Misinformation and the Conservative as Victim
This is an early-stage project about misinformation. While legal scholars have been active over the last 4 years identifying legal definitions of and developing legal responses to the problem of misinformation, including assessing the constitutionality of those responses under the current Supreme Court's First Amendment jurisprudence, less attention has been paid to how the law is already changing as a result of misinformation and how current legal doctrines and institutions are vulnerable to erosion because of misinformation already in the mix. This project brings together literature in sociology and social network theory about how information spreads and doctrinal standards used in judicial review of government action. Consider, for example, the seemingly frivolous litigation stemming from the former president's baseless challenges to only some of the results of the 2020 election. Each of those claims were based on things that simply weren't true. A claim that Republican vote watchers were not allowed to stand the appropriate number of feet away from vote counting was false. Statements in complaints alleging massive voter fraud were baseless, and found to be so when lawyers were asked by judges in court to detail their claims, or when the time came to file motions. That is, the basic rule against lying in court--and associated professional sanctions for doing so--appeared to erect a wall against law being made based on misinformation. But that is not always the case. Nor is this particular set of baseless claims the last one courts will face. In fact, I would like to argue that the law is deeply and structurally vulnerable to erosion by misinformation because standards and practices either insufficiently envisioned the possibility of lies or were explicitly created to achieve partisan and power gains with the support of misinformation.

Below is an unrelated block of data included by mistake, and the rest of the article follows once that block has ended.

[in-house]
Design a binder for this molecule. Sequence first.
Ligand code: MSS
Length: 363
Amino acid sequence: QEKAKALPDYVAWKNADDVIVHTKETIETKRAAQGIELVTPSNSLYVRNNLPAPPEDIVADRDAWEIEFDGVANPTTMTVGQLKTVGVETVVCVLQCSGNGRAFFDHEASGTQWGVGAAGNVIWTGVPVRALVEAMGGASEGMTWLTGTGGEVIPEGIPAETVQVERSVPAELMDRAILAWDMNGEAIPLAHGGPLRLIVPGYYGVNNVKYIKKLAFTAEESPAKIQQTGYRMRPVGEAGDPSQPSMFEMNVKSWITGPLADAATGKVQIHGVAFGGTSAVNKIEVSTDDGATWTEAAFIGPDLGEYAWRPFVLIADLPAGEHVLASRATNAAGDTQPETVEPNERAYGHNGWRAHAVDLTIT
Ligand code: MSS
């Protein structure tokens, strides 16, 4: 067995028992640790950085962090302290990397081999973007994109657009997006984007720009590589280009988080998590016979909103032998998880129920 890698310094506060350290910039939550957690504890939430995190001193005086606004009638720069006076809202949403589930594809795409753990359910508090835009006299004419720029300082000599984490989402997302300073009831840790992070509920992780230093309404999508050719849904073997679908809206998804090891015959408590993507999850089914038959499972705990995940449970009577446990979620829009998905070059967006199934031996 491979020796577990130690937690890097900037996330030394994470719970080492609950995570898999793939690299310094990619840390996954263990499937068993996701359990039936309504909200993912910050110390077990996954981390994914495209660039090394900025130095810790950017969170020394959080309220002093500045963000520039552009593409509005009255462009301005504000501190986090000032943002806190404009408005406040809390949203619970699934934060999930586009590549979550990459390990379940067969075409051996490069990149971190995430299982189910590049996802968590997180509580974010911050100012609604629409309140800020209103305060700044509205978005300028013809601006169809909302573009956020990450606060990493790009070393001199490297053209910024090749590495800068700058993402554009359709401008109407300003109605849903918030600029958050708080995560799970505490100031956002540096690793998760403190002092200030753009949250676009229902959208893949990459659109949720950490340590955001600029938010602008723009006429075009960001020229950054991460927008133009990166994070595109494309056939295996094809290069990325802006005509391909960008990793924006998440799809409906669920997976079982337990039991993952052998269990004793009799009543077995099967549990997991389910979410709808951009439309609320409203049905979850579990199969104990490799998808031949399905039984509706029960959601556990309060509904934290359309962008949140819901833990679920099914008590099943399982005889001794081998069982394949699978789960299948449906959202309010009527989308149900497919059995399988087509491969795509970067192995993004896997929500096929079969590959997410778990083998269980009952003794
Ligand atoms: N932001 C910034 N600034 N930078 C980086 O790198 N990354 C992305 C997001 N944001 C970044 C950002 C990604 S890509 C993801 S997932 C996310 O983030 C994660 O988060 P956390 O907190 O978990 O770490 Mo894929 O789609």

Professor Ari Ezra Waldman, a leading authority on law, technology and society, joined Northeastern University’s faculty in 2020 as professor of law and computer science. He directs the School of Law's Center for Law, Innovation and Creativity (CLIC). Professor Waldman studies asymmetrical power relations created and entrenched by law and technology, with particular focus on privacy, online harassment, free speech and the LGBTQ community. Professor Waldman is a widely published scholar, including two books, Privacy As Trust: Information Privacy for an Information Age (Cambridge University Press, 2018) and Inside the Information Industry (Cambridge University Press, forthcoming 2021), and more than 25 articles published in leading law reviews and peer-reviewed journals, including Washington University Law Review, Cornell Law Review, Iowa Law Review, Indiana Law Journal and Law & Social Inquiry. He has also written for the popular press, publishing in The New York Times, Slate, New York Daily News and The Advocate, among others, and serves on the editorial board of Law & Social Inquiry (LSI), a peer-reviewed journal that publishes work on sociolegal issues across multiple disciplines, including anthropology, criminology, economics, history, law, philosophy, political science, sociology and social psychology. He holds a PhD in sociology from Columbia University, a JD from Harvard Law School and an AB from Harvard College.